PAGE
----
Dividing engines allowed eighteenth- and nineteenth-century instrument makers to more precisely and quickly mark the divisions on mathematical instrument scales - like the lines on a rule or protractor - and to make smaller and more affordable instruments. The technology was partially inspired by clock making tools. The ability to make sextants in this manner helped to revolutionise navigation and the search for the longitude at sea. The Board of Longitude dealt a number of times with the British experts at the early engines' use, Jesse Ramsden and Edward Troughton.
The Commissioners relied upon these men's wares and expertise, and also rewarded Ramsden and helped to spread his dividing technology. The instrument maker developed his first circular engine in 1767, an improved version in about 1775, and a straight line dividing engine by 1777. John Troughton constructed an engine after Ramsden's instructions from 1775 to 1778, which also inspired his brother Edward. Edward Troughton became renowned for his own dividing skills, and produced an improved engine in 1793.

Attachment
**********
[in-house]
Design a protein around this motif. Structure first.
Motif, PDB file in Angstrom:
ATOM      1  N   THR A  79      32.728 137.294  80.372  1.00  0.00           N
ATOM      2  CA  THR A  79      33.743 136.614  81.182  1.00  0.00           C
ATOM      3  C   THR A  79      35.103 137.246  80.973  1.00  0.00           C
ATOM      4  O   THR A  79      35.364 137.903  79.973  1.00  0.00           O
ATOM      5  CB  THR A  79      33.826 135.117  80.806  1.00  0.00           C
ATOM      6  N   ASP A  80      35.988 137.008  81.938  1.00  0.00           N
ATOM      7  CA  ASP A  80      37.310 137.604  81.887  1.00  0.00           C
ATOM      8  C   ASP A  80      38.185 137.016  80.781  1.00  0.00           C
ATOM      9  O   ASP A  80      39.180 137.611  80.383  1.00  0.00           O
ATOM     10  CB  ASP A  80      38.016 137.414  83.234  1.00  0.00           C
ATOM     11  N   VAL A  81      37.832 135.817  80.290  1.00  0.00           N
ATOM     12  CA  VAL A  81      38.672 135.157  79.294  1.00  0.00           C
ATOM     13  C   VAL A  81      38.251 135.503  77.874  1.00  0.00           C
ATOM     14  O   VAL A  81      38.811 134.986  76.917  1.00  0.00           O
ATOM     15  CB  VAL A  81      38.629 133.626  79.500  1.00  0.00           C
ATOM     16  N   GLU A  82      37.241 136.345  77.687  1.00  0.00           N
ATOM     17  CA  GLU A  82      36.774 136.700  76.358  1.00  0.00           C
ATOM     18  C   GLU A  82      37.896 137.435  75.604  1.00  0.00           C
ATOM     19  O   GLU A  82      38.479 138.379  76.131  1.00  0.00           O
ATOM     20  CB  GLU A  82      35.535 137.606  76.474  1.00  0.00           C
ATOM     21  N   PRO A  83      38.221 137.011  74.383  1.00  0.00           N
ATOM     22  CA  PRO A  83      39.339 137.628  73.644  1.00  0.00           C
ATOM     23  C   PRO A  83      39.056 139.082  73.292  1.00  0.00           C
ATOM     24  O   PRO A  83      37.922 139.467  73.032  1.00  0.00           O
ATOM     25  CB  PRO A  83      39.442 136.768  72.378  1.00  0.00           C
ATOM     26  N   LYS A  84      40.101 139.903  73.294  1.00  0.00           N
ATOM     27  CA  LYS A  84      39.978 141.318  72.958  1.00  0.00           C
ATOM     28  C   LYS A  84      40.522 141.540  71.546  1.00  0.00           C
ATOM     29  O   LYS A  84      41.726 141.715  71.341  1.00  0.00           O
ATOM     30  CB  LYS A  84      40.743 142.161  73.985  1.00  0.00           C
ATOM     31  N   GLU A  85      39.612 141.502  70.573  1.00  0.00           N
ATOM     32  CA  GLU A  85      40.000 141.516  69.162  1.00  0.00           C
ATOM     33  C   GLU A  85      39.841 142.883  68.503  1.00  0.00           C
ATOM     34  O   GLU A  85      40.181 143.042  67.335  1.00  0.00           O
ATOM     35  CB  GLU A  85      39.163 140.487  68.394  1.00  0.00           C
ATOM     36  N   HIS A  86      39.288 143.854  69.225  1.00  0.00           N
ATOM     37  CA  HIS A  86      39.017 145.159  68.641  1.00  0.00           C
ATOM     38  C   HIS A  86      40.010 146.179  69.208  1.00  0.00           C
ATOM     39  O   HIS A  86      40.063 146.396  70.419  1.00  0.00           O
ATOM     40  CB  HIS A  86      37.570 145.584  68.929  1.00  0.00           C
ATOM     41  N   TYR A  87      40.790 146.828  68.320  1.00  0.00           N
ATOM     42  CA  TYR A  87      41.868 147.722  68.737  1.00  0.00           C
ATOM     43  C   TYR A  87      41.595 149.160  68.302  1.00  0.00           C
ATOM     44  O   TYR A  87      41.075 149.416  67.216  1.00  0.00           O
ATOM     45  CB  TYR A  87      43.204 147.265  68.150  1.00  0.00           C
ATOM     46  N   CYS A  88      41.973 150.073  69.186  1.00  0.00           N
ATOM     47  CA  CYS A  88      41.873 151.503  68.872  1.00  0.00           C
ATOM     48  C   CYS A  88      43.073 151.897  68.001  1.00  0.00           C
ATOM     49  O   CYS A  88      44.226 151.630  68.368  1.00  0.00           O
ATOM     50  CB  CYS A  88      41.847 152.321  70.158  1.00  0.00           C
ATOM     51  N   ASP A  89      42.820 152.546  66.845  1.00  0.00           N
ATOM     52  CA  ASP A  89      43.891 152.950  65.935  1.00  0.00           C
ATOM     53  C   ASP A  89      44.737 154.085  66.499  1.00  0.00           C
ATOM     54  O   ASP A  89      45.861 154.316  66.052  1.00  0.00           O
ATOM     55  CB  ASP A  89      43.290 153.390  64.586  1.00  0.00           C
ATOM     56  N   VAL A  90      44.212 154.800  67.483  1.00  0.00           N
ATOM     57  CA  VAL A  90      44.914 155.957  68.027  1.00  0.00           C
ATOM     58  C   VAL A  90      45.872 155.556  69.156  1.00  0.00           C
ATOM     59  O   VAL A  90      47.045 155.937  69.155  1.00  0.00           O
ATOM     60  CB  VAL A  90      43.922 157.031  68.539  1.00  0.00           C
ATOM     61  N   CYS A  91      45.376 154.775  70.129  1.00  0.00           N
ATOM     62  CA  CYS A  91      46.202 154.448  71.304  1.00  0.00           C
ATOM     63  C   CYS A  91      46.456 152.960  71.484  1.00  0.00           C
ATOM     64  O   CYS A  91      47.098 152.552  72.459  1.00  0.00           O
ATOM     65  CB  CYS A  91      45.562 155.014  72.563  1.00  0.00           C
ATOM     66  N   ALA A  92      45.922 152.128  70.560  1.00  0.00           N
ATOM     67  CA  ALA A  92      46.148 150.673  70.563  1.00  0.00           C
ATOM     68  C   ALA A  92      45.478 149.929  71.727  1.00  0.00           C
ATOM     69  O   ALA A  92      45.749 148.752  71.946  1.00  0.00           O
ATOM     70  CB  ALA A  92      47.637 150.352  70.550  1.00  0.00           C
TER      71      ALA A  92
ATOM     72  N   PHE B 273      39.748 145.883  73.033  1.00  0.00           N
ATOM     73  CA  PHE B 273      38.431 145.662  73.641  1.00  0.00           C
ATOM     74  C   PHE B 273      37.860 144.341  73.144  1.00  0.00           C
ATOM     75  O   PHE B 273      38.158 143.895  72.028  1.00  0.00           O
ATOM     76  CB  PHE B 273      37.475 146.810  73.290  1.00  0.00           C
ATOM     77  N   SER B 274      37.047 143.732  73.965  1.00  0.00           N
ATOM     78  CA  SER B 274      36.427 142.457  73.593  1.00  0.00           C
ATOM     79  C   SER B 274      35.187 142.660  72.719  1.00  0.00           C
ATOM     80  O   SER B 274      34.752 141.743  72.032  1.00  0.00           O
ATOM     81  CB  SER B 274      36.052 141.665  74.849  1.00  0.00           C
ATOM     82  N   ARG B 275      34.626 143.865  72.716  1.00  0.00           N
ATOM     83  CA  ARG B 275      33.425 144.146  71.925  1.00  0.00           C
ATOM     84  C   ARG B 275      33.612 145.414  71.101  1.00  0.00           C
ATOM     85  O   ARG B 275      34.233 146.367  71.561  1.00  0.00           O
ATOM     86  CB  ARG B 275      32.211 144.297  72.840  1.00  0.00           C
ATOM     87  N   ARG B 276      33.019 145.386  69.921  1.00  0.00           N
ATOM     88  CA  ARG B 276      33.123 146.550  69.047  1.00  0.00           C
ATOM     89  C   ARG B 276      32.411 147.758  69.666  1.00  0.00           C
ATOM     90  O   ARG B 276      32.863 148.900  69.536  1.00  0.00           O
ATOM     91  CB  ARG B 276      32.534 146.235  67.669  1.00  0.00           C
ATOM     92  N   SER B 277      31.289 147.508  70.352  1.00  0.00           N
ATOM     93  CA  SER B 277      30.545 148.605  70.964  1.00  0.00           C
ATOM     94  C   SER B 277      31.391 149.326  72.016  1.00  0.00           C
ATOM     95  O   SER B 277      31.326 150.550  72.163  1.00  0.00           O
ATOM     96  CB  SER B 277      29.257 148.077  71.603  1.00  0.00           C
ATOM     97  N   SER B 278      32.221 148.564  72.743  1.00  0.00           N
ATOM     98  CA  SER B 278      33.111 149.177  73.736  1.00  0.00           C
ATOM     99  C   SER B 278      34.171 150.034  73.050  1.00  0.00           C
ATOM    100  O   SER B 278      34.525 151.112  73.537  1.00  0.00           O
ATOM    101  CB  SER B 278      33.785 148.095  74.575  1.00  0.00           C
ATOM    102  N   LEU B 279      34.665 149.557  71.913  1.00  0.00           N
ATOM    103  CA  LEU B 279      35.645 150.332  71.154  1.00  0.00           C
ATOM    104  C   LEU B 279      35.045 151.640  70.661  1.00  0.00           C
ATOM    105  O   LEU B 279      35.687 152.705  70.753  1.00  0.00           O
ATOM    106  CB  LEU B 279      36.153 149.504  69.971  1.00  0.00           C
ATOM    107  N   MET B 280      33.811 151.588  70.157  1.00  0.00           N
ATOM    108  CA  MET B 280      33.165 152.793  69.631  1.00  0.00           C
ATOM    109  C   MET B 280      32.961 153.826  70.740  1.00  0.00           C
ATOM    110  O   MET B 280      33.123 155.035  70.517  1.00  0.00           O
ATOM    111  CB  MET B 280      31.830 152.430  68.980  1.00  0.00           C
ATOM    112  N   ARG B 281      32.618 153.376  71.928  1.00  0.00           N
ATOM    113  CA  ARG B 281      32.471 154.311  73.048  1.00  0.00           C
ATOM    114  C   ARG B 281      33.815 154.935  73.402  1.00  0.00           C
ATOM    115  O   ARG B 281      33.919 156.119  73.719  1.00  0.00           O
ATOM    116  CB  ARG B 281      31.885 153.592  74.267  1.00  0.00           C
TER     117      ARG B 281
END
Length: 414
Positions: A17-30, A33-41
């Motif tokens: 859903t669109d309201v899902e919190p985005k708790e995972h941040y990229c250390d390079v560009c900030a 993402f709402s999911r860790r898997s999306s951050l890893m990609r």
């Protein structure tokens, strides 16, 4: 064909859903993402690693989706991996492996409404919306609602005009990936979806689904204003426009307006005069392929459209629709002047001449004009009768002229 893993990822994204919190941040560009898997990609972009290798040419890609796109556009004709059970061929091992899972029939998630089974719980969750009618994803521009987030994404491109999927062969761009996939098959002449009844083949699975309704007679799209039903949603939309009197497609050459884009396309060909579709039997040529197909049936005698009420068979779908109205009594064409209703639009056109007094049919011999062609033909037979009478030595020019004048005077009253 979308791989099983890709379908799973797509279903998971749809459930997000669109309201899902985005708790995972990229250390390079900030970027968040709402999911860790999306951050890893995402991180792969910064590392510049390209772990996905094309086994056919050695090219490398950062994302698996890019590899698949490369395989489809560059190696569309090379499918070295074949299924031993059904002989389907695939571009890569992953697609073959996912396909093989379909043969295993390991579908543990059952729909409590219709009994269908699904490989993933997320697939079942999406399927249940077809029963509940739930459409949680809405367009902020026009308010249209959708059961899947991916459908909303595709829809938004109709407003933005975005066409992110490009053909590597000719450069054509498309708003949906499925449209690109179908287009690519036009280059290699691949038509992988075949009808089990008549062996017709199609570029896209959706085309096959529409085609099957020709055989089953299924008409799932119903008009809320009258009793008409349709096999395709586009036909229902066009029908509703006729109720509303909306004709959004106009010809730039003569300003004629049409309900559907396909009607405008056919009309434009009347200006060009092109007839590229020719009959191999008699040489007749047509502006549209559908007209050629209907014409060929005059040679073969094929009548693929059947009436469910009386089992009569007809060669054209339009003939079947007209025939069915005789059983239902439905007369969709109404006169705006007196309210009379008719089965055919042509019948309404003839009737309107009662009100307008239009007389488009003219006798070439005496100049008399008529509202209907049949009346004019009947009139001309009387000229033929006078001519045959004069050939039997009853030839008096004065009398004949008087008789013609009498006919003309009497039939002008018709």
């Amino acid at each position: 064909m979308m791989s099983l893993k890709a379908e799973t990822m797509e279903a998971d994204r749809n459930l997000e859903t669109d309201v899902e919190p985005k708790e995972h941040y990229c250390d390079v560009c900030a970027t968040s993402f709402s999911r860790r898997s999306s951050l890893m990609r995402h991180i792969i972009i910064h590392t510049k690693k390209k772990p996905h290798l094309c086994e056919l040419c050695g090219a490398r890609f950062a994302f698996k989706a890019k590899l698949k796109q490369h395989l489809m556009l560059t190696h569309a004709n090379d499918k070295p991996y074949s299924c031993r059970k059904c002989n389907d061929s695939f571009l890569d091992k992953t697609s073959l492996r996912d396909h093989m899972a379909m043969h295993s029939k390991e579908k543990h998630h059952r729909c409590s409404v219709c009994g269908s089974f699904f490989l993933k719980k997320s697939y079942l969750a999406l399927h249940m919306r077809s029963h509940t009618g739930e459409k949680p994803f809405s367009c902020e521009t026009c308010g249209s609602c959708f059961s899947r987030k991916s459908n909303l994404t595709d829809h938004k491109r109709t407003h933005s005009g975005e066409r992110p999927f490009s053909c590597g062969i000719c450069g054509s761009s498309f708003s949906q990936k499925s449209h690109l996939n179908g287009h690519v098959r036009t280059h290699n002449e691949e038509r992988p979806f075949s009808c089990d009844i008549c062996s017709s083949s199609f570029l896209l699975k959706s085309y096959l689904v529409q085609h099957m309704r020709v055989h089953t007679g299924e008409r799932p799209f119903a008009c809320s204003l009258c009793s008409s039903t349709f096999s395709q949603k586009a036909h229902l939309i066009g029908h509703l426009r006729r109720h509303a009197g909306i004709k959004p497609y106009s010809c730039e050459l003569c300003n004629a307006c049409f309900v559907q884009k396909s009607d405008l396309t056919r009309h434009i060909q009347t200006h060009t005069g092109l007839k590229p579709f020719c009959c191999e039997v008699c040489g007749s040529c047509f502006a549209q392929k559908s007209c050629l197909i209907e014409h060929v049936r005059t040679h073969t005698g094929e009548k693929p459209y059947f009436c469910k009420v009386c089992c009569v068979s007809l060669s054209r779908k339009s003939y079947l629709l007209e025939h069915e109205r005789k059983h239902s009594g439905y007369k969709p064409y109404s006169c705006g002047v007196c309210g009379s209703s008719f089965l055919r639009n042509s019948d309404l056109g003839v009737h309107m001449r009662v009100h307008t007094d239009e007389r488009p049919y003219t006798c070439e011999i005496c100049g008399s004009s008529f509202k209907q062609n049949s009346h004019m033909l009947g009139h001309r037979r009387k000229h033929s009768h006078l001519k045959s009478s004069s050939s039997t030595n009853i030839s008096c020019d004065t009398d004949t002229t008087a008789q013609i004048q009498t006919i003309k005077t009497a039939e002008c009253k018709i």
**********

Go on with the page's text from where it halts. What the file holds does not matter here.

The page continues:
Ramsden's circular dividing engine had a 45-inch horizontal wheel with 2160 precision teeth, which were engaged by an accurate lead-screw. The lead-screw was turned by a treadle and cord to rotate the wheel through a specific, exact angle. A workman would center a sextant on the wheel and divide the 120° of its scale by repeatedly depressing the treadle and then moving a radially sliding cutter. This process now took just 30 minutes rather than hours, and sextants as small as eight inches in radius could be divided this way.
See the essays on Jesse Ramsden and Edward Troughton for more information about their careers, dealings with the Board, and some of their surviving instruments.
History and Philosophy of Science
University of Cambridge